Meanwhile, multifamily has been hit significantly twice in the last two years. First as a result of the 2019 rent reform and now Covid. Cap rates which were historically in the 3-4% range are averaging 4.8% for 2Q&3Q 2020 or $742/SF. This is pricing which we have not witnessed since 2011 when caps were just above 5%. Keep in mind that back then borrowing rates were much higher - the 10-year treasury was at 2.78% opposed to sub 1% today. This means that the cash-on-cash returns are substantially higher today and even reaching the high single digits.
As far as office, I believe the jury is still out. As mentioned above, it will really become a question of the return to office. How significant will work from home remain post vaccine? Luckily, it would seem there has not been a mass exodus to the suburbs on the work front. Our leasing brokers in our NJ and CT offices have told us they have mostly been doing short term leases for satellite offices.
As a result office sales for 2Q&3Q 2020, averaged $901/SF with an average YTD cap of 4.57% compared to the last trough in 2014 of $825/SF or cap rates back in 2012, which averaged 5.04%, according to Real Capital Analytics.
Lastly, on retail, it would seem that high street has been massively impacted with rents in some cases at 25% off peak. That being said, the retail which is more service oriented is seemingly doing better. Just take a look in the boroughs and see the difference with the vacant space. Regardless, retail has become a dirty word to most investors, the cap rates available today average 5.42% compared to the last trough in 2011 at 6.21%, according to Real Capital Analytics. Meanwhile, the drop in the average sales price per square foot is staggering. Our 2Q&3Q 2020, average is $1,597 compared to the 2016 peak which was more than double at $3,485.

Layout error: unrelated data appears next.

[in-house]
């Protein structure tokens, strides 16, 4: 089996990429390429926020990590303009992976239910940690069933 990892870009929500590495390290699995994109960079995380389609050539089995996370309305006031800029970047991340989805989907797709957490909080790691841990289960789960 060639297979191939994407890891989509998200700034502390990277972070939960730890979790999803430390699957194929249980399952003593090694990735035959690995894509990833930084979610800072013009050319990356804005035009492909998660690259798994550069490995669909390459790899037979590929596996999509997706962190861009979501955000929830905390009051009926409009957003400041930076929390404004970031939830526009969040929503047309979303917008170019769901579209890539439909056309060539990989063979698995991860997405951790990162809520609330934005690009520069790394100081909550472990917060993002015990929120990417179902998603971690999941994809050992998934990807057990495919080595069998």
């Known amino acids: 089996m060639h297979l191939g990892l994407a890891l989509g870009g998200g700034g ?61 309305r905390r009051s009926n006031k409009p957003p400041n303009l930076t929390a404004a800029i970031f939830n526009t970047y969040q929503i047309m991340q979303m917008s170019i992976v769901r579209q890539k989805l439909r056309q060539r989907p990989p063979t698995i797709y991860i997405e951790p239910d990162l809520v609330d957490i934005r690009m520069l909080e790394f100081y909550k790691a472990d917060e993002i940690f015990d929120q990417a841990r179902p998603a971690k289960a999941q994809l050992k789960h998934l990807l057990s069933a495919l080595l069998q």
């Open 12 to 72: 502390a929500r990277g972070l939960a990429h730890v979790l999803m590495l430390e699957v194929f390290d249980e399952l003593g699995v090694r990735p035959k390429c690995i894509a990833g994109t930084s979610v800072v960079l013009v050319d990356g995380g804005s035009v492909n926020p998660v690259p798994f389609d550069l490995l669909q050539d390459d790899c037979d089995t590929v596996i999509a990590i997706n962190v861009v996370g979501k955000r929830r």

All in all, this seems like a pretty bleak picture on New York City values. When I speak to my Avison Young colleagues, they tell me multifamily deals are still trading in the mid-4% cap rate in the Carolinas and Texas. Multifamily occupancy rates are as high as 97% in Florida and office condos are selling briskly there as well. Sometimes I wonder if we live in the same country.
However, when considering that you can borrow money in the 3% range, and even sub 3% for multifamily agency debt, the cash-on-cash returns available in New York are unprecedented. If you’re a long-term holder, acquiring at these low prices and locking in long term debt seems like a winning strategy.
Remember 2009? How about the following years when everyone said they wished they had bought? How about World Wide Plaza? Do you remember when everyone couldn’t believe George Comfort & Sons bought at the depths of the recession? They paid $590 million or $297/SF. Within two years, it was resold for over $1.7 billion dollars.
Do I believe prices will almost triple in two years? No, but I do believe we are nearing a bottom. Next year will be the year for buying distress and there is plenty of cash on the sidelines, so it will go quickly.
One thing I’ve witnessed in my career is NYC always comes back. People will soon return to live, work, and play here. Don’t bet against it! Wishing you and all your family the best for the holidays.